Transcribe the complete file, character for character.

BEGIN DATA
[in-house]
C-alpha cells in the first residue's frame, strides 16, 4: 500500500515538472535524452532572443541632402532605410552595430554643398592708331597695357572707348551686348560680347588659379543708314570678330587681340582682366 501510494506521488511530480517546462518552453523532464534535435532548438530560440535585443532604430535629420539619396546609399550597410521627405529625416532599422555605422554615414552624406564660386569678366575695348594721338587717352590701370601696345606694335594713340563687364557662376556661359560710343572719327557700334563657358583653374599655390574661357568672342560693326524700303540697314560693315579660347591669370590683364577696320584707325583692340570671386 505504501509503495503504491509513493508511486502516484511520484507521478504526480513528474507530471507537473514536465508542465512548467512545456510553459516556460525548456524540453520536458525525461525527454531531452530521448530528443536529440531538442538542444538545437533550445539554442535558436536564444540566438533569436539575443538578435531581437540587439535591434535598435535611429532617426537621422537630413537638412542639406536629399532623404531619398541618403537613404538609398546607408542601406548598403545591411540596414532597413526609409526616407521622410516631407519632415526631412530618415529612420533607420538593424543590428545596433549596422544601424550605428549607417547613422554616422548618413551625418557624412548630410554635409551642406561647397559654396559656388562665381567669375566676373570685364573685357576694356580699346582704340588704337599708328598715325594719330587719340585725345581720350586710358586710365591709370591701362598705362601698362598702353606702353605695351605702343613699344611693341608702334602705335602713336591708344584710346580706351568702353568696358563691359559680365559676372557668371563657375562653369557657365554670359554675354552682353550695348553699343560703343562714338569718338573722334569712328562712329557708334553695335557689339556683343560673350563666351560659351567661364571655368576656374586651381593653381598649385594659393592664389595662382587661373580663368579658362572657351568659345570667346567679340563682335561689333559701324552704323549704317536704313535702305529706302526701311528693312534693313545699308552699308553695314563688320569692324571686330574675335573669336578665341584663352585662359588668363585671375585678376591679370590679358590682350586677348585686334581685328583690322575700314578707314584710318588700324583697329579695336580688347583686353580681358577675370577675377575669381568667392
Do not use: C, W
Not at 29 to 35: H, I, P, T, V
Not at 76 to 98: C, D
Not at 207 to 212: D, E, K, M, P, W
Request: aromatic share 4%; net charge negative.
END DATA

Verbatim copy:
[in-house]
C-alpha cells in the first residue's frame, strides 16, 4: 500500500515538472535524452532572443541632402532605410552595430554643398592708331597695357572707348551686348560680347588659379543708314570678330587681340582682366 501510494506521488511530480517546462518552453523532464534535435532548438530560440535585443532604430535629420539619396546609399550597410521627405529625416532599422555605422554615414552624406564660386569678366575695348594721338587717352590701370601696345606694335594713340563687364557662376556661359560710343572719327557700334563657358583653374599655390574661357568672342560693326524700303540697314560693315579660347591669370590683364577696320584707325583692340570671386 505504501509503495503504491509513493508511486502516484511520484507521478504526480513528474507530471507537473514536465508542465512548467512545456510553459516556460525548456524540453520536458525525461525527454531531452530521448530528443536529440531538442538542444538545437533550445539554442535558436536564444540566438533569436539575443538578435531581437540587439535591434535598435535611429532617426537621422537630413537638412542639406536629399532623404531619398541618403537613404538609398546607408542601406548598403545591411540596414532597413526609409526616407521622410516631407519632415526631412530618415529612420533607420538593424543590428545596433549596422544601424550605428549607417547613422554616422548618413551625418557624412548630410554635409551642406561647397559654396559656388562665381567669375566676373570685364573685357576694356580699346582704340588704337599708328598715325594719330587719340585725345581720350586710358586710365591709370591701362598705362601698362598702353606702353605695351605702343613699344611693341608702334602705335602713336591708344584710346580706351568702353568696358563691359559680365559676372557668371563657375562653369557657365554670359554675354552682353550695348553699343560703343562714338569718338573722334569712328562712329557708334553695335557689339556683343560673350563666351560659351567661364571655368576656374586651381593653381598649385594659393592664389595662382587661373580663368579658362572657351568659345570667346567679340563682335561689333559701324552704323549704317536704313535702305529706302526701311528693312534693313545699308552699308553695314563688320569692324571686330574675335573669336578665341584663352585662359588668363585671375585678376591679370590679358590682350586677348585686334581685328583690322575700314578707314584710318588700324583697329579695336580688347583686353580681358577675370577675377575669381568667392
Do not use: C, W
Not at 29 to 35: H, I, P, T, V
Not at 76 to 98: C, D
Not at 207 to 212: D, E, K, M, P, W
Request: aromatic share 4%; net charge negative.